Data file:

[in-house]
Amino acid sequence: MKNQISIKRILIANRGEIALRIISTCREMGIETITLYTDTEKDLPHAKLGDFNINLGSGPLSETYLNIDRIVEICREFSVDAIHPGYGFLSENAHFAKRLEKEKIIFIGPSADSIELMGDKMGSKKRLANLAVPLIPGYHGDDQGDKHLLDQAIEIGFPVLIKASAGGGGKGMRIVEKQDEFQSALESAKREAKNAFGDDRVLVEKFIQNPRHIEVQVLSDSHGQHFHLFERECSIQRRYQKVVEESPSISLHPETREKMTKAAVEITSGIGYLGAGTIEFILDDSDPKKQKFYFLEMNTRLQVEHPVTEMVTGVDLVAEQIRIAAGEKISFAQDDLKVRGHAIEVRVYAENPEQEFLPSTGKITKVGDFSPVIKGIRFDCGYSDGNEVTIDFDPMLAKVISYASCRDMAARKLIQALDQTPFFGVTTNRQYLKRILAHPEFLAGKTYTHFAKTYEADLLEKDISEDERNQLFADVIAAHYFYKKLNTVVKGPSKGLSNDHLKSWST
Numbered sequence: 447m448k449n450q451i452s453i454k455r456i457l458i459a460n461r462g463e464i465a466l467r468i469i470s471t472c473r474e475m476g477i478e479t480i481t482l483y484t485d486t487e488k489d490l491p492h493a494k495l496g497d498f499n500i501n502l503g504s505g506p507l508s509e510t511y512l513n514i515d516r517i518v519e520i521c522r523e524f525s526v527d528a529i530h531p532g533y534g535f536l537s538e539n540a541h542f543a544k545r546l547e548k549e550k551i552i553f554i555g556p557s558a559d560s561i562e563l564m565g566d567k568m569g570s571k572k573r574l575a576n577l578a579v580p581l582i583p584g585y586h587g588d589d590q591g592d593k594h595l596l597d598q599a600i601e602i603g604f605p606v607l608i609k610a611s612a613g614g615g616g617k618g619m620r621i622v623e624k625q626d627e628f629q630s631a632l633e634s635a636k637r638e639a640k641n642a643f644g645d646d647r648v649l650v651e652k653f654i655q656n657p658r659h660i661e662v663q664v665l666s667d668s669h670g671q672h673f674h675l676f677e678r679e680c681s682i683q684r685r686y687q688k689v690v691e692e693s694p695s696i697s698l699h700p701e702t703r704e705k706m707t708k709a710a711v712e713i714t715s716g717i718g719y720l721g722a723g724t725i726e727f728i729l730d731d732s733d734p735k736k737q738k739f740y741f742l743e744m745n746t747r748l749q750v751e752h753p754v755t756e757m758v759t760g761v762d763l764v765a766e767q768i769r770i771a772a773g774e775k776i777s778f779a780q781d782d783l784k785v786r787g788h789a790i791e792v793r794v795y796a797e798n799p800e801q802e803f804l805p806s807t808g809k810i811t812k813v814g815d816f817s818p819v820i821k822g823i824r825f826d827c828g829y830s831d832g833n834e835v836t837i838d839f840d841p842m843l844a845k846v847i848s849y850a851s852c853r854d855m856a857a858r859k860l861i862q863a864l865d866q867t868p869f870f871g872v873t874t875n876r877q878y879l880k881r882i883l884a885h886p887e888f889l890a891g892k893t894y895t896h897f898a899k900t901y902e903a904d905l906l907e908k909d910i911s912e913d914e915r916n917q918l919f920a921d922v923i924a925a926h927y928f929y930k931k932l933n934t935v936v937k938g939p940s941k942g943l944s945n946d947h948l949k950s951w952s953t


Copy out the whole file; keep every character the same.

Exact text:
[in-house]
Amino acid sequence: MKNQISIKRILIANRGEIALRIISTCREMGIETITLYTDTEKDLPHAKLGDFNINLGSGPLSETYLNIDRIVEICREFSVDAIHPGYGFLSENAHFAKRLEKEKIIFIGPSADSIELMGDKMGSKKRLANLAVPLIPGYHGDDQGDKHLLDQAIEIGFPVLIKASAGGGGKGMRIVEKQDEFQSALESAKREAKNAFGDDRVLVEKFIQNPRHIEVQVLSDSHGQHFHLFERECSIQRRYQKVVEESPSISLHPETREKMTKAAVEITSGIGYLGAGTIEFILDDSDPKKQKFYFLEMNTRLQVEHPVTEMVTGVDLVAEQIRIAAGEKISFAQDDLKVRGHAIEVRVYAENPEQEFLPSTGKITKVGDFSPVIKGIRFDCGYSDGNEVTIDFDPMLAKVISYASCRDMAARKLIQALDQTPFFGVTTNRQYLKRILAHPEFLAGKTYTHFAKTYEADLLEKDISEDERNQLFADVIAAHYFYKKLNTVVKGPSKGLSNDHLKSWST
Numbered sequence: 447m448k449n450q451i452s453i454k455r456i457l458i459a460n461r462g463e464i465a466l467r468i469i470s471t472c473r474e475m476g477i478e479t480i481t482l483y484t485d486t487e488k489d490l491p492h493a494k495l496g497d498f499n500i501n502l503g504s505g506p507l508s509e510t511y512l513n514i515d516r517i518v519e520i521c522r523e524f525s526v527d528a529i530h531p532g533y534g535f536l537s538e539n540a541h542f543a544k545r546l547e548k549e550k551i552i553f554i555g556p557s558a559d560s561i562e563l564m565g566d567k568m569g570s571k572k573r574l575a576n577l578a579v580p581l582i583p584g585y586h587g588d589d590q591g592d593k594h595l596l597d598q599a600i601e602i603g604f605p606v607l608i609k610a611s612a613g614g615g616g617k618g619m620r621i622v623e624k625q626d627e628f629q630s631a632l633e634s635a636k637r638e639a640k641n642a643f644g645d646d647r648v649l650v651e652k653f654i655q656n657p658r659h660i661e662v663q664v665l666s667d668s669h670g671q672h673f674h675l676f677e678r679e680c681s682i683q684r685r686y687q688k689v690v691e692e693s694p695s696i697s698l699h700p701e702t703r704e705k706m707t708k709a710a711v712e713i714t715s716g717i718g719y720l721g722a723g724t725i726e727f728i729l730d731d732s733d734p735k736k737q738k739f740y741f742l743e744m745n746t747r748l749q750v751e752h753p754v755t756e757m758v759t760g761v762d763l764v765a766e767q768i769r770i771a772a773g774e775k776i777s778f779a780q781d782d783l784k785v786r787g788h789a790i791e792v793r794v795y796a797e798n799p800e801q802e803f804l805p806s807t808g809k810i811t812k813v814g815d816f817s818p819v820i821k822g823i824r825f826d827c828g829y830s831d832g833n834e835v836t837i838d839f840d841p842m843l844a845k846v847i848s849y850a851s852c853r854d855m856a857a858r859k860l861i862q863a864l865d866q867t868p869f870f871g872v873t874t875n876r877q878y879l880k881r882i883l884a885h886p887e888f889l890a891g892k893t894y895t896h897f898a899k900t901y902e903a904d905l906l907e908k909d910i911s912e913d914e915r916n917q918l919f920a921d922v923i924a925a926h927y928f929y930k931k932l933n934t935v936v937k938g939p940s941k942g943l944s945n946d947h948l949k950s951w952s953t